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When wiring new construction or remodel for lets say a bathroom or kitchen, it is determined you need GFCI receptacles in wet prone areas. But do you need a GFCI breaker plus GFCI outlets on the same circuit? Wouldn't it be ideal to have AFCI breaker with GFCI receptacles to have both forms of protection?

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One or the other, not both. Depending on adopted code, you may ALSO need AFCI protection, which is better done at the breaker.

GFCI is pretty much the same for practical purposes whether at the breaker or at the first device, except for special circumstances like a buried cable.

You do NOT need multiple GFCIs on one circuit - just make a GFCI the FIRST device and then wire the rest of the devices from its LOAD terminals which will protect the rest of the devices on the circuit. Carefully follow instructions for wiring line and load on the GFCI and place GFCI protected labels on the remaining outlets/devices.

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For new circuits or remodel, put AFCI protection at the breaker or none at all. The only exception is if the run from panel to first receptacle is in metal conduit or 2" of concrete. AFCI protects wiring in the walls.

For GFCI the protection can be anywhere along the line between the breaker and the first recep that needs protection, as long as the LOAD terminals are used to protect the rest of the circuit.

If you want to fit GFCI receptacles plural on one circuit, then do not use the LOAD terminals at all. Leave them covered up by the warning tape. This may seem to waste GFCI devices, but some people find it desirable so the GFCI reset is right there; and also it allows you to select which downline receps are GFCI and which are not, so you can omit GFCI where it does more harm than good, i.e. refrigerators, fire alarm panels, radon systems etc.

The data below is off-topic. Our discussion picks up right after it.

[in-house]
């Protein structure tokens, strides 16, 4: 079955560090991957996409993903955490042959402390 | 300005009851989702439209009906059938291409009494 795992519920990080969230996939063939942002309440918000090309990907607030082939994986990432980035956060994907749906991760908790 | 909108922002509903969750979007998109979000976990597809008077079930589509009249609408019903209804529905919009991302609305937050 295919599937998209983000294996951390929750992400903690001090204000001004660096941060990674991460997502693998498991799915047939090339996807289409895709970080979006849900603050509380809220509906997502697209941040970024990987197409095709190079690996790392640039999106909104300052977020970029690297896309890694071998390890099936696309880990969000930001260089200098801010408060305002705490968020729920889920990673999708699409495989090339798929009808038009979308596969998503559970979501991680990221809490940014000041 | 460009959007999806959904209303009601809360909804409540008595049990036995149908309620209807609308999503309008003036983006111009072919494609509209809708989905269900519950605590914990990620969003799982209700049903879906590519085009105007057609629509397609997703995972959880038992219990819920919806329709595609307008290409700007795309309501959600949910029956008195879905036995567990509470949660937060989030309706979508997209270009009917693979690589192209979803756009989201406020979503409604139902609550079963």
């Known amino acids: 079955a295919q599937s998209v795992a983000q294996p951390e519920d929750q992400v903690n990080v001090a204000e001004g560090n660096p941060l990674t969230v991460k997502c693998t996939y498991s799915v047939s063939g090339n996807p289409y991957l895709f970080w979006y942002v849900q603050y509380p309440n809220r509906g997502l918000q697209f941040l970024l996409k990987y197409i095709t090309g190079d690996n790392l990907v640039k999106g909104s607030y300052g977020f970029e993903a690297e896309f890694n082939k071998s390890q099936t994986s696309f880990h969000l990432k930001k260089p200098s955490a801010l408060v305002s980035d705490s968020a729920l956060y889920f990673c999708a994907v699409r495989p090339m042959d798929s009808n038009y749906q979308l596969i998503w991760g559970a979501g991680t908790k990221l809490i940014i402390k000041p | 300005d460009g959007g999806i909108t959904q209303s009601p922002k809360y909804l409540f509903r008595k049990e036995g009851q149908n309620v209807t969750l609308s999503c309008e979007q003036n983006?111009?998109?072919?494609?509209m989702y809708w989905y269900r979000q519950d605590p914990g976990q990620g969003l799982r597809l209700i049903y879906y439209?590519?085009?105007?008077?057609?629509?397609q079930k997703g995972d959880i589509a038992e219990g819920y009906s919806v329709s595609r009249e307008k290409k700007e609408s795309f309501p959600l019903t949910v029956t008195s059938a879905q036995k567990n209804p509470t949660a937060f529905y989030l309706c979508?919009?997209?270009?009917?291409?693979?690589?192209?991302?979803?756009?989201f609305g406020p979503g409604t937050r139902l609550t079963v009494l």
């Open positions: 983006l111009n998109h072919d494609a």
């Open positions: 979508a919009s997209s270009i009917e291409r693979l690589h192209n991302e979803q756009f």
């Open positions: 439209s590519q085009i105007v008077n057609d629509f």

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No it wouldn't be better to have AFCI with GFCI. If the circuit needs to be gfi protected then using the gfci breaker you do not have to have gfci receptacle too. Gfci receptacles are more expensive than standard receptacles so if the circuit is already on gfci breaker just use standard receptacles. The code now requires any circuit not gfi protected be on an arc fault breaker in residential applications so depending on how recently the house was wired it could have protected panel installed and regular devices can be used. Arc fault breakers are not only for wires in a wall. Anything that causes an arc will trip the breaker so if you plug anything with a motor into like a vacuum cleaner or if someone were to cut the wires on a live circuit it would trip and not blow your pliers out. If you cut all three wires at the same time on live circuit that's AFCI protected you probably wouldn't notice that it was hot. If you do that on circuit that's not protected you will know and most likely turn your pliers into strippers as well.

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    Current code requirements include both GFCI and AFCI protection for many of the usual GFCI suspects (kitchen and laundry as of 2017) Nov 3 '20 at 5:18
  • Hold on! A lot of misinformation/confusion here. GFCI breakers are typically more expensive than GFCI receptacles. Not "any circuit not gfi protected be on an arc fault breaker" - there are still some exceptions. Cut all wires AFCI protected might catch it as an arc fault, but I wouldn't bet me life on it. etc. Nov 3 '20 at 5:25
  • I never said gfci breakers were less expensive than gfci receptacles. I said that gfci receptacles are more expensive than standard receptacles so if already on gfci breaker use a regular receptacle. The question also was asking if needed both breaker and receptacle needed to be gfci so obviously it was a plug circuit and not the stove or water heater or anything that would be the exception. Im sure it would pick it up as an arc when cutting all the wires at the same time and have seen it happen on several occasions. Part of the reason they were required is children sticking things in rec.
    – Jo2ker
    Nov 3 '20 at 5:45
  • never said gfci breakers were less expensive than gfci receptacles. I said that gfci receptacles are more expensive than standard receptacles so if already on gfci breaker use a regular receptacle. The question also was asking if needed both breaker and receptacle needed to be gfci so obviously it was a plug circuit and not the stove or water heater or anything that would be the exception. Im sure it would pick it up as an arc when cutting all the wires at the same time and have seen it happen Part of the reason they were required is children sticking things in rec. – Jo2ker 31 mins ago
    – Jo2ker
    Nov 3 '20 at 6:18

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